The dots are great for low-light and combat-fast situations. For precise work, though, focus on the top of the front sight and align it with the top of the rear sight. Whatever this sight picture is centered on is where your bullet should go.

You'll notice a lot of non-combat target pistols use simple black-on-black iron sights.

Trigger control on the Glock is an issue all by itself. What works for me is to basically use a single-action style. This means using the pad of the first finger, rather than the joint. The joint is preferred for double-action shooting where you need the increased leverage.

Grip with 60% force from your off-hand, 40% from your shooting hand. If you concentrate on isolating the movement of your trigger finger from the rest of your hand, you'll find your groups improving immediately.

One mental technique I'm experimenting with is pretending that my off-hand is actually what holds and aims the pistol while my shooting hand is merely there to work the trigger. It's actually reminiscent of shotgun technique, where the off-hand provides most of the support and aiming while the shooting hand does *mostly* trigger work. So far, it looks promising. Of course, I tend to overgrip with my shooting hand anyway, so your mileage may vary.
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Old December 22, 2000, 12:39 PM   #8
brianidaho
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If you can get consistant 5", 15 yard groups, don't beat yourself up too badly. Better groups will come with practice. I get frustrated when I get a couple 1 1/2-2" groups then spray over with a 8" one. I think lack of concentration/trying too hard is a factor.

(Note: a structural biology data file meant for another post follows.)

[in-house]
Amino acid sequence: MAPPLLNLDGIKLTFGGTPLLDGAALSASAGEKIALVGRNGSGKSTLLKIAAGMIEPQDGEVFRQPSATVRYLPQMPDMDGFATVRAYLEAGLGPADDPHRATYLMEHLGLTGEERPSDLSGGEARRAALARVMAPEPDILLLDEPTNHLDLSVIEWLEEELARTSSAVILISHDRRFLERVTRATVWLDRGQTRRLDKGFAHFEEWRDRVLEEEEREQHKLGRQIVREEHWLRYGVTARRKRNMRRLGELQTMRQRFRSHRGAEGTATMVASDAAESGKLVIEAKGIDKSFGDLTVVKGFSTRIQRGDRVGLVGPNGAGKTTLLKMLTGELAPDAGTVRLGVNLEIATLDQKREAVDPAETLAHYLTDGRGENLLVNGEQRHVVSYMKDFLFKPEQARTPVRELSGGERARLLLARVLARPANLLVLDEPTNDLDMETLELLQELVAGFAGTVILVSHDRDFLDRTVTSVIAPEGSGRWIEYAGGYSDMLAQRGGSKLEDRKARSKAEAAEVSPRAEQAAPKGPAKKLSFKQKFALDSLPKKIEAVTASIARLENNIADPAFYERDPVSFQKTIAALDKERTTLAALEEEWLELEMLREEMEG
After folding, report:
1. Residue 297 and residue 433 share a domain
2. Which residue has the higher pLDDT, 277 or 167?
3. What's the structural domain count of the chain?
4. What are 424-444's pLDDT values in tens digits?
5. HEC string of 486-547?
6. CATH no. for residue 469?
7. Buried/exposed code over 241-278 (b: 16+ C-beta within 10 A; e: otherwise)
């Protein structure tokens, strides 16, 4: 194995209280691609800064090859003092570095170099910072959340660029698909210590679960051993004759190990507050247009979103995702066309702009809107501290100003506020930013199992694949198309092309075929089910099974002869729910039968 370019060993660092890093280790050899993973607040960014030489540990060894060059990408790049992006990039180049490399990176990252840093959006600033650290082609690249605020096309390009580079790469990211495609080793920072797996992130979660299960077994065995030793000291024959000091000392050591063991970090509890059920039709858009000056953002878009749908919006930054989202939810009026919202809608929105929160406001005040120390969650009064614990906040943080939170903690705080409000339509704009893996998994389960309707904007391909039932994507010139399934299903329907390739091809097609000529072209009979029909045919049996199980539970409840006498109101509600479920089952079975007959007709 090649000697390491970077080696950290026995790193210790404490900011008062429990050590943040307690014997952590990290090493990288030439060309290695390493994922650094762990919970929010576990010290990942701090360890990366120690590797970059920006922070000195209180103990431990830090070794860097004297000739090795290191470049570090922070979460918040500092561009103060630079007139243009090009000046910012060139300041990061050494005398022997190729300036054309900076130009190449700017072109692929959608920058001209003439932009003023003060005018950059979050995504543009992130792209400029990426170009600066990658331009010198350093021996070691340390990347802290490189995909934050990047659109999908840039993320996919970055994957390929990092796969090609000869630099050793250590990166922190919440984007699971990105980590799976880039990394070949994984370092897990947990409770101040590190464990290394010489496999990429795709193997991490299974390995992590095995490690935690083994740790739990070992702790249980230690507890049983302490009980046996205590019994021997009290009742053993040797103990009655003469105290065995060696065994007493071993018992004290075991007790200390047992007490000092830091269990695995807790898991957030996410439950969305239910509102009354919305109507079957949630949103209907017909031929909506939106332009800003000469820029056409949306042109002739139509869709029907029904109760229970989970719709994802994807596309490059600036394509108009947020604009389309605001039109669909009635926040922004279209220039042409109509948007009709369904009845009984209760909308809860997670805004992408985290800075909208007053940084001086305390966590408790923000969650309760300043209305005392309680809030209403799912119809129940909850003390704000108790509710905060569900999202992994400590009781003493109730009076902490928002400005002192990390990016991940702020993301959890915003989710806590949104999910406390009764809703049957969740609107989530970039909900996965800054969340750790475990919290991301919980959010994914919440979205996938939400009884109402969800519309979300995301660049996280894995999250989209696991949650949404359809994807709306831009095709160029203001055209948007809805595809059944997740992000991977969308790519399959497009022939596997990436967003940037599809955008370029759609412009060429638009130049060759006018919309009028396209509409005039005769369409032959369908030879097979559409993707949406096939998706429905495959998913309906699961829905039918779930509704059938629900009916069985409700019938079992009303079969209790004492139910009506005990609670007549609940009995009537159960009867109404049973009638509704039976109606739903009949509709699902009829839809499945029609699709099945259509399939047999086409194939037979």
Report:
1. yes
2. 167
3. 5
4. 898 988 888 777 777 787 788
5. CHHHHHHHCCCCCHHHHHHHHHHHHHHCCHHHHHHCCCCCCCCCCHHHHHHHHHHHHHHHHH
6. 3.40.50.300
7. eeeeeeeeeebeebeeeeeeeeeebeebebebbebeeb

Are we having fun yet?

Bri
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Old December 22, 2000, 01:30 PM   #9
Tom B
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Focus on Glockmeister and aim for a new KKM barrel if you want to make that G22 really accurate!
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Old December 22, 2000, 02:36 PM   #10
Matt VDW
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Another tip:

Don't hold your breath; you might pass out before you've finished the magazine.

Most of the time, your breathing should be able to take care of itself, just as it does when you're not shooting. Breath control doesn't become important until you're trying to shoot very precisely under stress, and then you'd want to use slow, deep breaths to relax yourself and keep your brain well oxygenated.
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Old December 22, 2000, 02:52 PM   #11
shiroikuma
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They best advice is .. dry fire you glock a lot.. All you have to do is make sure it's empty, rack the slide enough to cock the striker and practice shooting at a spot on the wall. Use different trigger finger methods and concentrate on making the trigger pull smoooth. A smooth trigger is much more important than holding the gun perfectly in alignment, really it is. When your dry firing the gun sights should stay lined up the entire time you pull the trigger and you should see them still lined up as you hear the "sproing" sound of the empty gun "firing" If your sights are still lined up when you hear that "sproing" you would have hit the target.

It's very easy to see trigger errors dryfiring. I notice I still tend to push the sights down and off to the left if I am not concentrating or am tired, and that means a miss.

try this it helps a lot.

PS I shoot a glock best using the pad of my finger (the part with the finger print on it)

shiro
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Old December 22, 2000, 04:33 PM   #12
Ledbetter
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Web site referral

This site has many tips for all levels of pistol shooters.

http://ourworld.compuserve.com/homep...t/training.htm
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Old December 22, 2000, 08:38 PM   #13
corv
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Just4fun,there is a good posting covering this subject in the Tactics & Training forum @ Glock Talk.I occssionally re-read this to keep me thinking about the right things.